Functional Neurological Disorder

Truth be told – waiting is the most difficult part.

After that first trip to Mayo, I returned home – and waited (and waited and waited!) to hear from the neurologist there to learn the findings. Once we heard back, he said my diagnosis was not fibromyalgia or Stiff Person Syndrome but now, Functional Neurological Disorder (FND).

FND is essentially miscommunication between the brain and body and it shows up in a variety of ways. He said you can learn to manage the way FND manifests and suggested I devote time (and more resources) to take part in Mayo’s BeST Clinic to re-train my brain to improve the way my body moves and lessen the impacts of having a movement disorder.

The BeST Clinic is a five-day, intensive outpatient program in Rochester, and I began that phase of my journey in September of 2019. Here’s a look back at that experience…

Day One of Mayo BeST Clinic

  • First up, assessments – the “getting to know you” sessions for both Physical and Occupational Therapy complete with capturing video of me walking, timed walking, getting up and out of chairs.
  • We focus on deep belly breathing and progressive muscle relaxation. We also set goals based upon activities that are the most challenging for me: stairs, getting in and out of a seated chair, negative self-talk (the occupational therapist chose that one – insert funny but true emoji here), the shower (getting in and out, shampooing – or in the future, hopefully doing my hair) and cutting meat or vegetables.
  • I learn that I need to stop and reset – using my breath – when improper movements kick in (the shaking, etc.). When I force myself to push through, I am apparently reinforcing that FND misfire. Woah.
  • The pieces start to connect in my afternoon physical therapy session. The therapist had me lie on my back with my knees bent, feet flat (do it with me now), palms up and arms at my side. This is supposed to be one of our most relaxing positions but for me, I lit up in pain. My face felt like it would implode. So, we modified by turning my palms face down and she started to have me do the breathing through my mouth because apparently, I not only hold my breath when I’m struggling – but I clench my jaw and scowl. Such a great look, I know! Because I am forcing my way through, I’m exerting all of this extra tension into my chest and face muscles. No good.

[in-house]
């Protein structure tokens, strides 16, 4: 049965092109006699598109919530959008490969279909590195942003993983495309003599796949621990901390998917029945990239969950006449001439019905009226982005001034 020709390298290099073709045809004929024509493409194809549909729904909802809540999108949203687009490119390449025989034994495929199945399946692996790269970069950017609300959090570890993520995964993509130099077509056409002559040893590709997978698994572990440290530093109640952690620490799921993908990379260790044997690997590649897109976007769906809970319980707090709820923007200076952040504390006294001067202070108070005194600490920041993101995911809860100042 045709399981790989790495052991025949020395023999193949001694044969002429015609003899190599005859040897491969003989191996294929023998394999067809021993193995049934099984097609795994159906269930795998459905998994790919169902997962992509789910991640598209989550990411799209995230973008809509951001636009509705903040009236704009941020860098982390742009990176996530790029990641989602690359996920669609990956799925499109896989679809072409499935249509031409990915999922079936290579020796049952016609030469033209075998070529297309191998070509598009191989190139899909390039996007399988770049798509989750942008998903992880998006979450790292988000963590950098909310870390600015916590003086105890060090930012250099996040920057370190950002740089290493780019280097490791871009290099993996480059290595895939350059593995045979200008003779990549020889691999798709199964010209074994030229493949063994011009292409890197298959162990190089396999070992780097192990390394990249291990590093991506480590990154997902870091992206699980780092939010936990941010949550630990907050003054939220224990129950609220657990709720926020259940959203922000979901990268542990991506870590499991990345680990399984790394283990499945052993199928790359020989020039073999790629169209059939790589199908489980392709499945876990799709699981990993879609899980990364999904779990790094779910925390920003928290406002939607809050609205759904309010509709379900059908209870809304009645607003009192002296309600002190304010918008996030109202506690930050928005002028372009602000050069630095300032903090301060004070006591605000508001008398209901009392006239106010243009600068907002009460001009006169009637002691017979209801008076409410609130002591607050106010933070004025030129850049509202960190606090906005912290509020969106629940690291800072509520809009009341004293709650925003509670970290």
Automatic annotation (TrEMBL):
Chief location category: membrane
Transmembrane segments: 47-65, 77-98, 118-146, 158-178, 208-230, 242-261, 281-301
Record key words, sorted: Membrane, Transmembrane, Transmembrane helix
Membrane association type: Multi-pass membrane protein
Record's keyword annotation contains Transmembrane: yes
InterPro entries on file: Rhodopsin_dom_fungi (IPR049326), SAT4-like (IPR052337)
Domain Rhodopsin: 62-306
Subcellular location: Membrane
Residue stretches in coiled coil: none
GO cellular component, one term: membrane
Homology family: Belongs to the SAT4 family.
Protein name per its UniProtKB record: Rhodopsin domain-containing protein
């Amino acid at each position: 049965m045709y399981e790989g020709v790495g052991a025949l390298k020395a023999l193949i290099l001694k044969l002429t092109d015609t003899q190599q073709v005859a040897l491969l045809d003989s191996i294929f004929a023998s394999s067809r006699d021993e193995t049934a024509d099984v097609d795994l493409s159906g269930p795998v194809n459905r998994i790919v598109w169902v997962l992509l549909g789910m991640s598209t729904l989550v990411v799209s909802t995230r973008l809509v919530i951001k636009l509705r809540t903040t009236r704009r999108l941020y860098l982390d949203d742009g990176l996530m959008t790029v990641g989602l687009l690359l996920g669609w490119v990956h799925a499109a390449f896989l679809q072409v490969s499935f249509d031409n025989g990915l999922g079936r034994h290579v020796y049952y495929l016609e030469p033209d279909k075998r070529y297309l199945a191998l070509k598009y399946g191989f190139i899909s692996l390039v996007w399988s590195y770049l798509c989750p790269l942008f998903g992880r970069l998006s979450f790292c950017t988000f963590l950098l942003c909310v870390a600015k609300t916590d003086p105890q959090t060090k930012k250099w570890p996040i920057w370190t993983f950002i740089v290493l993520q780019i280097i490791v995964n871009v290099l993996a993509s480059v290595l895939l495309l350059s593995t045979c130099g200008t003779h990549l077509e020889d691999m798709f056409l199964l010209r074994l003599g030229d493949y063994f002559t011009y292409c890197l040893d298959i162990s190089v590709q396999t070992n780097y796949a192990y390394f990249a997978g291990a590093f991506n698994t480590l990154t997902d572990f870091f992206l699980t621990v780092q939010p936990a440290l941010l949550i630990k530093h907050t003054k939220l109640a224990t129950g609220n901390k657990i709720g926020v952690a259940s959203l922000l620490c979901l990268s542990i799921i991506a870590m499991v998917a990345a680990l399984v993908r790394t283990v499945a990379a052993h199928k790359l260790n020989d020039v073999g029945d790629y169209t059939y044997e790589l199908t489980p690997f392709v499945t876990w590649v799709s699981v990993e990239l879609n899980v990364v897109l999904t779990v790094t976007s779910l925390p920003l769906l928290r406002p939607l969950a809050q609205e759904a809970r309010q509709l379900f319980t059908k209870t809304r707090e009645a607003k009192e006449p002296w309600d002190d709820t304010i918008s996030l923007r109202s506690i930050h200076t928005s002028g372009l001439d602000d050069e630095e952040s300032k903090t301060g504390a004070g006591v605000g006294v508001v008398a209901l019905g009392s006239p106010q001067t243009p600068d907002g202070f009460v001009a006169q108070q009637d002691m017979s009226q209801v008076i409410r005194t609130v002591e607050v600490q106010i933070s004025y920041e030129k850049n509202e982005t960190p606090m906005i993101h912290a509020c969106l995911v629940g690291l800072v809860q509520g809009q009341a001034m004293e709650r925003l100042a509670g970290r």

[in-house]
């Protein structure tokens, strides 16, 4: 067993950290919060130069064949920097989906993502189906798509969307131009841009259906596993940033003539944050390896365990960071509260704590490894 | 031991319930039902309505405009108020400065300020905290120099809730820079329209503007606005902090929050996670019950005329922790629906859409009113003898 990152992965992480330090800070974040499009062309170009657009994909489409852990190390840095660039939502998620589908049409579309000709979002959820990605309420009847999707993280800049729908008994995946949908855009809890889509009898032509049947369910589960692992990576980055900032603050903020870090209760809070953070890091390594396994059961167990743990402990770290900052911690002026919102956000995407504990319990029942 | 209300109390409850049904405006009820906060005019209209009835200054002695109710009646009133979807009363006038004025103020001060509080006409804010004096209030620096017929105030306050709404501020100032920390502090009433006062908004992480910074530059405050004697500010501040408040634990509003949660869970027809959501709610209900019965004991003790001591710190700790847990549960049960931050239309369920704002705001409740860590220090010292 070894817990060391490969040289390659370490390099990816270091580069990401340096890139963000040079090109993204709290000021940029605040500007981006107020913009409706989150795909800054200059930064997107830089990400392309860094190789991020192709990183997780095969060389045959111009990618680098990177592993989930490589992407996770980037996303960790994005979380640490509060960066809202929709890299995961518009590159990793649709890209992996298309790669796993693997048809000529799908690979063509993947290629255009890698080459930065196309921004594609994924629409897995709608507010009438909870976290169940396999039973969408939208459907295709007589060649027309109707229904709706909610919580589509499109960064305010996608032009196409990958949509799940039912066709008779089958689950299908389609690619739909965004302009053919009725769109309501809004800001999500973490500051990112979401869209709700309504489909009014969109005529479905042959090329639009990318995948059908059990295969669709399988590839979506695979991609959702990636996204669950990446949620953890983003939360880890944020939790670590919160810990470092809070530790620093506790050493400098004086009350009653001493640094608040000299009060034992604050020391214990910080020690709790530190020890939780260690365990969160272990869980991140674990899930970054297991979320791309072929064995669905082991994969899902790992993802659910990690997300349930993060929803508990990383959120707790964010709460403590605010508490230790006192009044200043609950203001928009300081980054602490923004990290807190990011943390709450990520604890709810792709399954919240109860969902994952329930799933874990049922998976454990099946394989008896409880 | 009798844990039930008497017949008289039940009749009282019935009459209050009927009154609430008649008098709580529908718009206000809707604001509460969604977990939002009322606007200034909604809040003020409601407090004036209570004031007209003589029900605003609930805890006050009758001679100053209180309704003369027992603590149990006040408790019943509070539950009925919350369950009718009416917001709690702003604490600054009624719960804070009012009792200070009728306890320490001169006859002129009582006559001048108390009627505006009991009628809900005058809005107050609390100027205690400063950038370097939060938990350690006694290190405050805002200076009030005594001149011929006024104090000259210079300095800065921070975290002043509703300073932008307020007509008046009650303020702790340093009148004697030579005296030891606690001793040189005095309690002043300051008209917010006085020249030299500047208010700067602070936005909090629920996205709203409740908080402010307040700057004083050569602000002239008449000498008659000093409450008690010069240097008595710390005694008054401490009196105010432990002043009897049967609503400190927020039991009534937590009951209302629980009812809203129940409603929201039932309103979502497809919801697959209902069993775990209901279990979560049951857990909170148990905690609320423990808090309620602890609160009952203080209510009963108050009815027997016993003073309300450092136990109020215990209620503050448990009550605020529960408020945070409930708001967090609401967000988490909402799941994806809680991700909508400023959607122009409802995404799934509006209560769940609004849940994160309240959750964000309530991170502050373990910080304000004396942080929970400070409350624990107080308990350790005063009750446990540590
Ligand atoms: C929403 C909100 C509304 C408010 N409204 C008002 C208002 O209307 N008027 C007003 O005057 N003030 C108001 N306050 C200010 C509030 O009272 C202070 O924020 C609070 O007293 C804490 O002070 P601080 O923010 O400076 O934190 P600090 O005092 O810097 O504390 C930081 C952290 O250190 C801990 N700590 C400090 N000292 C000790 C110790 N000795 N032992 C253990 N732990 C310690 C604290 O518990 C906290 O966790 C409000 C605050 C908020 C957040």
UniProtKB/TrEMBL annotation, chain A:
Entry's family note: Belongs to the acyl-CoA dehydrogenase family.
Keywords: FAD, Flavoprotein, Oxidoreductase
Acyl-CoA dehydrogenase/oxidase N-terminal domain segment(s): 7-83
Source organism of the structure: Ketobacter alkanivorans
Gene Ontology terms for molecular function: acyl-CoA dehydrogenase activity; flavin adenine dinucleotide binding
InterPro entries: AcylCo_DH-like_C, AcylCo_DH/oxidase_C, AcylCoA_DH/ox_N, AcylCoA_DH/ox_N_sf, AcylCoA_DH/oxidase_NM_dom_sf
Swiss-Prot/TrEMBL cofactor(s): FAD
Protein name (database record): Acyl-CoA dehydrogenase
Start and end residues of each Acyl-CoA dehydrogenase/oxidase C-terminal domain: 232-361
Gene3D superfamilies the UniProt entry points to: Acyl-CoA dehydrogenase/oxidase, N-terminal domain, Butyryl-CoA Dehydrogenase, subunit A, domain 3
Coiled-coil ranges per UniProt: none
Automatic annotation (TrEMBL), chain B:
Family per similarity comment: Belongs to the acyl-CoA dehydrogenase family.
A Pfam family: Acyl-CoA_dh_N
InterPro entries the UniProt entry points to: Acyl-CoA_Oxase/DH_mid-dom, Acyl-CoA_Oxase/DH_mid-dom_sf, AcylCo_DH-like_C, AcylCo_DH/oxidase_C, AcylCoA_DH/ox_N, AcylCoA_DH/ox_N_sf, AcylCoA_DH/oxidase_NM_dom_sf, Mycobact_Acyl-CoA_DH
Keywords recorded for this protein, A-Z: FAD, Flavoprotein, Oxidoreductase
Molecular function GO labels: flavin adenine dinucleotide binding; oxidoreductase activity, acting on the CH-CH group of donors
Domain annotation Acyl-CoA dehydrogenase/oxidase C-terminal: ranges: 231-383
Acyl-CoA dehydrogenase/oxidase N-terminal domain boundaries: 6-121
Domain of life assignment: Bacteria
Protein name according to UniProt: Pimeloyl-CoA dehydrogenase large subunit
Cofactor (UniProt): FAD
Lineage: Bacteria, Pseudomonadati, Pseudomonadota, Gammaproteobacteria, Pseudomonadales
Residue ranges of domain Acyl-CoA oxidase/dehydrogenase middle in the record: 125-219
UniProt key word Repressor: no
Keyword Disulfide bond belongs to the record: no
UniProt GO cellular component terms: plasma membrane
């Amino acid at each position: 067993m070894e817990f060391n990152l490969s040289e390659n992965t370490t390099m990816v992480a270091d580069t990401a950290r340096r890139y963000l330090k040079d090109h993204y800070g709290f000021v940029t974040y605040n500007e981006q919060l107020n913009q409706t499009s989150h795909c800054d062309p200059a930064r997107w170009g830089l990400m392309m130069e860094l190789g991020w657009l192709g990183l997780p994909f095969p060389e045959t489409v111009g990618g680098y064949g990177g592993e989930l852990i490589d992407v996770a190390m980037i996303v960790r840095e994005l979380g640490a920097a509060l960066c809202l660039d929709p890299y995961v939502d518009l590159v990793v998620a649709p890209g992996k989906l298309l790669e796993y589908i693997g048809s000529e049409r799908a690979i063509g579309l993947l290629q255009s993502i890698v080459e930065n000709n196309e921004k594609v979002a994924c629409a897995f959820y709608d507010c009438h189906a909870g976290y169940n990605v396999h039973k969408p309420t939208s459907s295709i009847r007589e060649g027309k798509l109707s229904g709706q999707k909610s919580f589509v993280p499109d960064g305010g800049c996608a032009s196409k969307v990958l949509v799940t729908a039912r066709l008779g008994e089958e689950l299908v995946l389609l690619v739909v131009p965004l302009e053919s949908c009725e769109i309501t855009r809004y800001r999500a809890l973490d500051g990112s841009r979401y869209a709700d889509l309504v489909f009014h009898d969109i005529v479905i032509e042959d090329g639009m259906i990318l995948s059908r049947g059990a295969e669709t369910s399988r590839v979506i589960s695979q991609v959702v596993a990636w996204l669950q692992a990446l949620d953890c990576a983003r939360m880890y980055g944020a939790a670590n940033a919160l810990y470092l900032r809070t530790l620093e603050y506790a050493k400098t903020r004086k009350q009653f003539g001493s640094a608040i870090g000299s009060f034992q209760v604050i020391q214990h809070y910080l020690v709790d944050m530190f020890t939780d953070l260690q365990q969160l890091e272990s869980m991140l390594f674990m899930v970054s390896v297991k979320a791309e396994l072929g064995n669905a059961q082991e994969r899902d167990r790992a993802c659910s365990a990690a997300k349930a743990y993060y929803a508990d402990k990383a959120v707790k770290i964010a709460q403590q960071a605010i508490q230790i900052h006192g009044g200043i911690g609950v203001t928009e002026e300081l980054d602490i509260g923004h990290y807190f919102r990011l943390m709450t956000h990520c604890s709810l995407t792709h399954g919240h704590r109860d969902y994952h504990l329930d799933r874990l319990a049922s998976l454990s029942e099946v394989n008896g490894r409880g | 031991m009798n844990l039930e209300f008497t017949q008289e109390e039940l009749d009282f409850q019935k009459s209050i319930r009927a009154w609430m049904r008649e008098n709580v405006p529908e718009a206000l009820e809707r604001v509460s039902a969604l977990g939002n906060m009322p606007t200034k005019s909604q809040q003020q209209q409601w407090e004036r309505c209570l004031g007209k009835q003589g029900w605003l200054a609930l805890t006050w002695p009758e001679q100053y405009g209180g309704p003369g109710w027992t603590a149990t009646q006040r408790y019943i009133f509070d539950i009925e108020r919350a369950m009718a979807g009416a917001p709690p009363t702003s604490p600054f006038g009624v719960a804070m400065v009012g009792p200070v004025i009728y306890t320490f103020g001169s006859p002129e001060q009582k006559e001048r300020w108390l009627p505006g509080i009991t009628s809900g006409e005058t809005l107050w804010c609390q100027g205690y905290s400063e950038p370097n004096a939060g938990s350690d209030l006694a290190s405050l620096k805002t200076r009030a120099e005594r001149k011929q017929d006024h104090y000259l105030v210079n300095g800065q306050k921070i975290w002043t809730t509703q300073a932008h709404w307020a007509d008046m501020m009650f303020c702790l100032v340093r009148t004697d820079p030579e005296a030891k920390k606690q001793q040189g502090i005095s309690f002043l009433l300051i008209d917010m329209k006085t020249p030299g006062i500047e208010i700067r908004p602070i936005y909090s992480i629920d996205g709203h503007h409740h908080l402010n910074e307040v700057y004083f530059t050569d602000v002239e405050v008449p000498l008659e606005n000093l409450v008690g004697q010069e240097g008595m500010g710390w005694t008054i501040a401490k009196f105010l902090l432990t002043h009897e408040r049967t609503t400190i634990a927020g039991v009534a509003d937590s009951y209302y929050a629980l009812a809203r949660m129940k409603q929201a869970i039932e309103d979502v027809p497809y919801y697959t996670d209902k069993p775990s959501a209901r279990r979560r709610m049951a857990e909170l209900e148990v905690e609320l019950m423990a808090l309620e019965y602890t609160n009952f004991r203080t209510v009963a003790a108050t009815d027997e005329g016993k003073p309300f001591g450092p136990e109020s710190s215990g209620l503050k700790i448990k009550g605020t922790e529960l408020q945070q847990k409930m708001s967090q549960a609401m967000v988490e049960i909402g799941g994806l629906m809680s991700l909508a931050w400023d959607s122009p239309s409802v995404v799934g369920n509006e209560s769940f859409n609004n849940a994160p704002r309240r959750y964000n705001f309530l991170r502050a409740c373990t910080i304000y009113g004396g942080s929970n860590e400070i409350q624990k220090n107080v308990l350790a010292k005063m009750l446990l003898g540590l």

• Once things calmed down a bit, she had me put my knees and ankles together (stay with me here) and to a four-count inhale into the belly, move my legs to the side – exhale, move to the other side. It’s supposed to be very controlled and to the breath. Picture using a super slow-mo windshield wiper movement and not all the way down, just a bit over to each side and then, the other. My movements were very jerky and I couldn’t time the breath with the movement well. She asked what I was feeling, and I said extreme pain in my upper front thighs and high back thighs (the usual suspects). She pointed out that those muscles aren’t supposed to be used to make that movement… it’s actually the side hip muscles. That was a light-bulb moment for me – in a good/bad way. These muscles that hurt so badly are automatically doing all of the work – when other muscles are naturally supposed to be kicking in. I literally could not get the right muscles to do the movement.
  • The realization that my brain was working against my intention made me feel so helpless, so utterly out of control. You cannot imagine the grief I felt in that moment but also, the hope. After my meltdown, I resumed the breathing and added the movement only this time, I was just to focus on breathing only – not trying to coordinate both. Apparently, I was able to do it somewhat correctly and when she asked how it felt, I said weird. Weird is good, she replied.
  • Finally, we did a similar exercise – the slow belly breathing with my arm lifted a bit off the table, reaching toward my foot a bit and then, raising it slightly higher and back down. I couldn’t do it with just one arm but I think managed with both – but not first without another breakdown when I discovered the muscles that were screaming at me (my triceps, as always) shouldn’t be involved in that movement at all. It should be my front shoulder muscles. That is some major wow there when it clicks that the body is acting on its own accord and not in your best interest.

As always, my big thing is the pain. The BeST Clinic doesn’t treat the pain. It’s movement focused. Evidently, they suggest addressing the pain first to help with the movement therapy. My neurologist recommended the reverse – seeing the pain clinic after the BeST program if the pain was still extreme. So, this was clearly not well-orchestrated by the care team there.

BeST Clinic Day Two

The brain is a mysterious, humbling thing. Functional Neurological Disorder is mystifying – and emotional.

  • The day started with occupational therapy – complete with music that lifts me up and an exercise to identify the roots that nourish me, the people and things that support me, negative thoughts I have – basically, compost for the mind – and things that I think define me. Music was one of my big motivators, so they turned on some Matisyahu to put me in the right frame of mind. I use reggae music (yep, still to this day, ol’ gang) like Burning Speer, the legendary Bob Marley and Steel Pulse to get me pumped to push through or to help me hone in on gratitude and joy on my toughest days.